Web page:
R is for Reading lists

Isn’t the run up to Christmas is bonkers busy?  From finishing up that last piece of work, attending school more often than your child for an abundance of assemblies and Christmas plays, the shopping, the cleaning, the decorating of the tree, the wrapping and the cooking….absolute bonkers. No wonder you want to take a bottle of baileys and a box of after eight mints to bed with you (just me?) So why not this Christmas find a cosy spot and if you can switch off your phone (or turn off as many notifications as you can) and pick up a book and have a read. Here are 24 suggestions – some are from the good people of Facebook land (who mostly suggest grisly Christmas who dunnits – worrying!) and some are my own. Enjoy.
1. The Christmas Reader – ed Godfrey Smith.
A family favourite – my Grandmas reads to us from this each year, old poems and notes.
2. A Boy called Christmas – Matt Haig
The origin of Father Christmas – pure joy
3. A Christmas Carol – original and the best and who doesn’t love a story that begins with “Marley was dead, to begin with”
4. Box of Delights – John Masefield – who remembers watching this as a child? The book is better.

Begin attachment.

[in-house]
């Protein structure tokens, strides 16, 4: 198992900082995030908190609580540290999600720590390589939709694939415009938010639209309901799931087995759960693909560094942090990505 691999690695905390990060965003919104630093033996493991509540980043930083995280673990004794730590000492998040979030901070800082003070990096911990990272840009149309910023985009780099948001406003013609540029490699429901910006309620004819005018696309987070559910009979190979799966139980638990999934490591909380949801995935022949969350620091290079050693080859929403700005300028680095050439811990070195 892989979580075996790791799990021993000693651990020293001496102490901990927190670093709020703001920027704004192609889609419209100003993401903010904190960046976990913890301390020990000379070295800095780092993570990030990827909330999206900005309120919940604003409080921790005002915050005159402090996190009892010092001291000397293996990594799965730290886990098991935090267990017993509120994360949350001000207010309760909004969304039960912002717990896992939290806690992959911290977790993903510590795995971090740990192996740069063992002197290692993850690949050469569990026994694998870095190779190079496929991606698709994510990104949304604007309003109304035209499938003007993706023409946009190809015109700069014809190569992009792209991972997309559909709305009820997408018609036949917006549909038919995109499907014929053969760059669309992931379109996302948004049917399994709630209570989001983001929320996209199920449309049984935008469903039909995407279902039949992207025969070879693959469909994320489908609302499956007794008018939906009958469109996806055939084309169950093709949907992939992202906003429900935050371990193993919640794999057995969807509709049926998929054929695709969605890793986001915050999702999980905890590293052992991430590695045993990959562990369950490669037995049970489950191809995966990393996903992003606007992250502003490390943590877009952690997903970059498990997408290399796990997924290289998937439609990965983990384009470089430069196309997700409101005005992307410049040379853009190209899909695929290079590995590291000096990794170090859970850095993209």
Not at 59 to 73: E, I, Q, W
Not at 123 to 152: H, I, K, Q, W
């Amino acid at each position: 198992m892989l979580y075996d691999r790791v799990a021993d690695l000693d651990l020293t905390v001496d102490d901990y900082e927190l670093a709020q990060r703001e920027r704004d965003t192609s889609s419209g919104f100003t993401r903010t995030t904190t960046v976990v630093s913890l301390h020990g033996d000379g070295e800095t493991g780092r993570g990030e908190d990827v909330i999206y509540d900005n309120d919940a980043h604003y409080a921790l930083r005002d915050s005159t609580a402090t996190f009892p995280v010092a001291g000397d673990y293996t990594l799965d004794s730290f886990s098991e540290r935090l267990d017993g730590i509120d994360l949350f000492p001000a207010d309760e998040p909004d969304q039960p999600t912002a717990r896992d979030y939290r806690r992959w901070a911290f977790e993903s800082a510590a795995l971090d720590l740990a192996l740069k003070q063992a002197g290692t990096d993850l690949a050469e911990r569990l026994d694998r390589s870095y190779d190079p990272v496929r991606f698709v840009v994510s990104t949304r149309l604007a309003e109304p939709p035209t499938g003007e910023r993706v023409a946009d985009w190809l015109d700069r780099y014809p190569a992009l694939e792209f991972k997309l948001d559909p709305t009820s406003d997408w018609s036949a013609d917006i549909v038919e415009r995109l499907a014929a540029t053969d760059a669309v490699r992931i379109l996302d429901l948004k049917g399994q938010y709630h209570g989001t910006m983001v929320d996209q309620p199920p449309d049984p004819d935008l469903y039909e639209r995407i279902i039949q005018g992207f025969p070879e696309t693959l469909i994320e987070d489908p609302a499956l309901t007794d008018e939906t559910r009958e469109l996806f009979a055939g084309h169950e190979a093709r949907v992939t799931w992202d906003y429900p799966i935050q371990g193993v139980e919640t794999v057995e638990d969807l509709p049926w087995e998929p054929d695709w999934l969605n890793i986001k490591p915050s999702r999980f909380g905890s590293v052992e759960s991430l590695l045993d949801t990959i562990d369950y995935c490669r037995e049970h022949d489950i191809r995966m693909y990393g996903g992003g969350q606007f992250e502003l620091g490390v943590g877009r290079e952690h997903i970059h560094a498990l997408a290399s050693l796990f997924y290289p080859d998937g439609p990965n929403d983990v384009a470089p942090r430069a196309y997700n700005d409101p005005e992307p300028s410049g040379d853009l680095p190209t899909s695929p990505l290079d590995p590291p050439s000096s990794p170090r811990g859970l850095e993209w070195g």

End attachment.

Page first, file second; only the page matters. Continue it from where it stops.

5. The Twelve Days of Christmas – a correspondence – by John Julius Norwich – a comic look at a response to the 12 days of Christmas gifts. Brilliant
6. Holidays on Ice – David Sedaris – A Christmas Store Elf and a holiday newsletter – so good
7. Little Women – Louisa May Alcott
8. The Polar Express
9. Lion, Witch and the Wardrobe – C.S. Lewis
10. A Visit from St Nicholas “Twas the night before Christmas” you know the one
11. The Christmas Promise – Sue Moorcroft
12. The Father Christmas Letters – JRR Tolkien – written for his children
13. Christmas Under the Stars – Karen Swan
14. Merry Christmas Splat & Aliens love Panta Claus – for your little ones
15. The Nutcracker
16. The Snowman – Raymond Briggs
17. Greenbanks – Dorothy Whipple – begins at Christmas – a unique look at life in the 30s
18. Mystery in White – J. Jefferson Farjeon – an abandoned train, an empty house all set for tea… the snow falling…
19. Hercule Poirot’s Christmas – Agatha Christie
20. The Adventure of the Christmas Pudding – Agatha Christie
21. The Mistletoe Murder – P D James
22. The Nightmare before Christmas – a graphic novel
23. A child’s Christmas in Wales – Dylan Thomas
24. Frost at Christmas RD Wingfield